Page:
And besides, stories that divide us rather than unite us make for better TV. Two sides yelling at each other is the formula for cable news success. The importance of a story and journalistic responsibility lost in the battle for ratings and revenue long ago.

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10 Ferguson Twitter Accounts You Need to Follow

People protest Sunday, Aug. 17, 2014, for Michael Brown, who was killed by a police officer last Saturday in Ferguson, Mo. As night fell Sunday in Ferguson, another peaceful protest quickly deteriorated after marchers pushed toward one end of a street. Police attempted to push them back by firing tear gas and shouting over a bullhorn that the protest was no longer peaceful.

People protest Sunday, Aug. 17, 2014, for Michael Brown, who was killed by a police officer last Saturday in Ferguson, Mo. As night fell Sunday in Ferguson, another peaceful protest quickly deteriorated after marchers pushed toward one end of a street. Police attempted to push them back by firing tear gas and shouting over a bullhorn that the protest was no longer peaceful.

Since the death of unarmed 18-year-old Michael Brown last Saturday, residents of Ferguson, Missouri, have taken to the streets to protest. Long before major media were on the ground, Twitter provided to-the-minute updates of events, and continues to be the most reliable reporting resource. Below is a list of 10 individuals you should follow on Twitter if you want to know what’s really happening on the streets of Ferguson, because the likes of CNN can’t be trusted to even report what’s happening outside of its own doors:

1. Antonio French (@AntonioFrench), St. Louis Alderman of the 21st Ward.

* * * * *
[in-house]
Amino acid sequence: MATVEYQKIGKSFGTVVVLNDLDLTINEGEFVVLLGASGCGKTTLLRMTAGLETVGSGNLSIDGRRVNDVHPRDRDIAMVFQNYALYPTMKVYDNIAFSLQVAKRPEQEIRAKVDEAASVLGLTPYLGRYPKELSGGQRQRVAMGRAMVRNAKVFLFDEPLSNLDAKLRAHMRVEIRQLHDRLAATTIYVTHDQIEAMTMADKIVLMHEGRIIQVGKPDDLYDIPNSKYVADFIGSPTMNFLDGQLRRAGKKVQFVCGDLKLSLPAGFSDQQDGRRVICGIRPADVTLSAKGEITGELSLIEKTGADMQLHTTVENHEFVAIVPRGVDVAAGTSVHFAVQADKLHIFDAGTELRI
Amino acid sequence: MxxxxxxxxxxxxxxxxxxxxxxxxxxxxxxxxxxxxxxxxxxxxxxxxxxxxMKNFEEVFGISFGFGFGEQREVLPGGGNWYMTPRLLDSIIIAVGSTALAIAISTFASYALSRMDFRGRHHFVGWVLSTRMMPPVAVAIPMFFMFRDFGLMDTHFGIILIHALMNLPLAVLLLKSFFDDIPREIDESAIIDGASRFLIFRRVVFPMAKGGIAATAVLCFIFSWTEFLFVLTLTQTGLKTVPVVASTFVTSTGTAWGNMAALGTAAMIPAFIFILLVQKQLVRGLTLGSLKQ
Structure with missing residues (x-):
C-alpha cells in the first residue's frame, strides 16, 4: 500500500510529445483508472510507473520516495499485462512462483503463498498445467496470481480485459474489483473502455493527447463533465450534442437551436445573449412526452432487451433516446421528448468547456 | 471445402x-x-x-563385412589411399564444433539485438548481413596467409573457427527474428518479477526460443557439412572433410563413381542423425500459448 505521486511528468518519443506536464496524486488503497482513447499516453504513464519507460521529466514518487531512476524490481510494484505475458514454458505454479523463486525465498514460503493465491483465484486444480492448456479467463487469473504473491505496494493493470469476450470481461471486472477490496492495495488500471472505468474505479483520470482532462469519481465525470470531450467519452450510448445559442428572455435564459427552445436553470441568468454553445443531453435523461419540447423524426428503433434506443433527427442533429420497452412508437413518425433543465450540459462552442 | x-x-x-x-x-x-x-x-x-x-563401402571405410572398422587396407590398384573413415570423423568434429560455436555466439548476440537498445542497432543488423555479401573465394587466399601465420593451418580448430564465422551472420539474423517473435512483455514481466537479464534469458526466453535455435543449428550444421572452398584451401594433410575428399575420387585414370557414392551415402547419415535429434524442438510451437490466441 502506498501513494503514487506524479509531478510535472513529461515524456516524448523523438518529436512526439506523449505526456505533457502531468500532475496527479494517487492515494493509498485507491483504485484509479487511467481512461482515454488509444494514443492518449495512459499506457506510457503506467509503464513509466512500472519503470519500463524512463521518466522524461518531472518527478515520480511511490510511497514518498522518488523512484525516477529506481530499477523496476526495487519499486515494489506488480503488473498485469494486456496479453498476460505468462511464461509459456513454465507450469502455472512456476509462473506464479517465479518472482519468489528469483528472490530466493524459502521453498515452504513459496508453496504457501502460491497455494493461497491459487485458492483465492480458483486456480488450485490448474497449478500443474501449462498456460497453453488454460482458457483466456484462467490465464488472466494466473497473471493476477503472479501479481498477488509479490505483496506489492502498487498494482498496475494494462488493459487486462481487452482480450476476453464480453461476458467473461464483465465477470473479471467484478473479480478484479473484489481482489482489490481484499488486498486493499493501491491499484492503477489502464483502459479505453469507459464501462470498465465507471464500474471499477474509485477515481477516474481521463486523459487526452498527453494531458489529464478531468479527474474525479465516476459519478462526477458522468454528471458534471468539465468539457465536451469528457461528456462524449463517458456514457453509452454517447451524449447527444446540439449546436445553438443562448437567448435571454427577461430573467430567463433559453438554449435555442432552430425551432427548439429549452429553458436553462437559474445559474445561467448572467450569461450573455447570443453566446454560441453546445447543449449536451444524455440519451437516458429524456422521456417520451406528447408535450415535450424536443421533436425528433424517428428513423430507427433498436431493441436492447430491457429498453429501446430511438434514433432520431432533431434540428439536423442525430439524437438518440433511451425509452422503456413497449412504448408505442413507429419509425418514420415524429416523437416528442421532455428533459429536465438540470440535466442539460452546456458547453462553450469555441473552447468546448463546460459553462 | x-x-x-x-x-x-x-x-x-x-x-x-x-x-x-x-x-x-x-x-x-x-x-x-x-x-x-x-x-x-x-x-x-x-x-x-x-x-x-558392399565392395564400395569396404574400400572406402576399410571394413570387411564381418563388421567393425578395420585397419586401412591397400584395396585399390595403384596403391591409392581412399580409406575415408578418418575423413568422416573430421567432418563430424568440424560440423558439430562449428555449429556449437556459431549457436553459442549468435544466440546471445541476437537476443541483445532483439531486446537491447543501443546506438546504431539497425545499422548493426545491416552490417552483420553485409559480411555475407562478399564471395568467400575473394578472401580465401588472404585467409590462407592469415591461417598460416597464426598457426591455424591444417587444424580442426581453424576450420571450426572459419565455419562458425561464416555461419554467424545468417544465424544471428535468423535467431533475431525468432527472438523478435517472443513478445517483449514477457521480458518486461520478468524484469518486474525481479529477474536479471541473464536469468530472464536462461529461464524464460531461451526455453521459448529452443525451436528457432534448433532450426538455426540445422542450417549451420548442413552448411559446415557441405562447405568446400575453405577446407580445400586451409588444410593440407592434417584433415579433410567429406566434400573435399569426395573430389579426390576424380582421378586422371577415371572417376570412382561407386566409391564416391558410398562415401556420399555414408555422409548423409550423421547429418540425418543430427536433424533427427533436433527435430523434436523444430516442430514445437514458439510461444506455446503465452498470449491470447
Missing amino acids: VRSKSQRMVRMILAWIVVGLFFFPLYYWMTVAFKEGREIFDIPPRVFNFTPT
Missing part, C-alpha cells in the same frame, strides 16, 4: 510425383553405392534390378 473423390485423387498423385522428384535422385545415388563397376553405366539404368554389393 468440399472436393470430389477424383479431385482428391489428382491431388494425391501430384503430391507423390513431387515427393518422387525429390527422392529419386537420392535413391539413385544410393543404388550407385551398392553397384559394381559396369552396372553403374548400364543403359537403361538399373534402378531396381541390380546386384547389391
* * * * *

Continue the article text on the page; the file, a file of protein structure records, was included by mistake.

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Cops Push CNN’s Don Lemon at Ferguson Protest

“Imagine what they are doing to people when you don’t see on national television, the people who don’t have a voice like we do.”

This is what Don Lemon said during a CNN live shot yesterday, not long after he was shoved by a police officer while reporting on a protest in Ferguson, Missouri.

Lemon, formerly a weekend anchor and general assignment reporter for NBC 10, said he had been standing in that spot all day. Police were attempting to move the protesters due to traffic concerns. “I think from my perspective here, the police actually created the traffic situation and the situation that’s going on, the chaos here, rather than the people who are just standing here,” Lemon said in his report.

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Ferguson Protest: Tourists Pose With “Dead” Teen at LOVE Park

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On Saturday afternoon, Juilliard theater student Lee Edward Colston and Carver High School of Engineering and Science graduate Keith Wallace, among others, staged a silent Ferguson protest at iconic LOVE Park in Philadelphia, a popular destination with tourists for photo opportunities. And with Wallace — an MFA acting student at the University of California who is home on summer break — lying on the ground portraying Michael Brown, the unarmed teen shot dead by Ferguson police, the tourists continued snapping their smiley photos. Read more »

Enough Is Enough: Ferguson, Authority, and America’s Never-Healing Race Wound

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I know this is going to devastate a bunch of whiny privileged white people and politicians who would just love to say that we’re “post-racial” because we have a mixed-race president, but here we go:

America has a serious problem with police. And, it’s not a problem with police and everyone else. It’s a problem specifically between police (or people who fetishize authority) and people of color.

On August 9th, 2014, the 18-year-old Michael Brown was stopped by authorities in Ferguson, Missouri. Whatever happened during that stop is unclear. What is clear, however, is that Brown, a young African American man with seemingly no weapon on his person, was shot to death by police.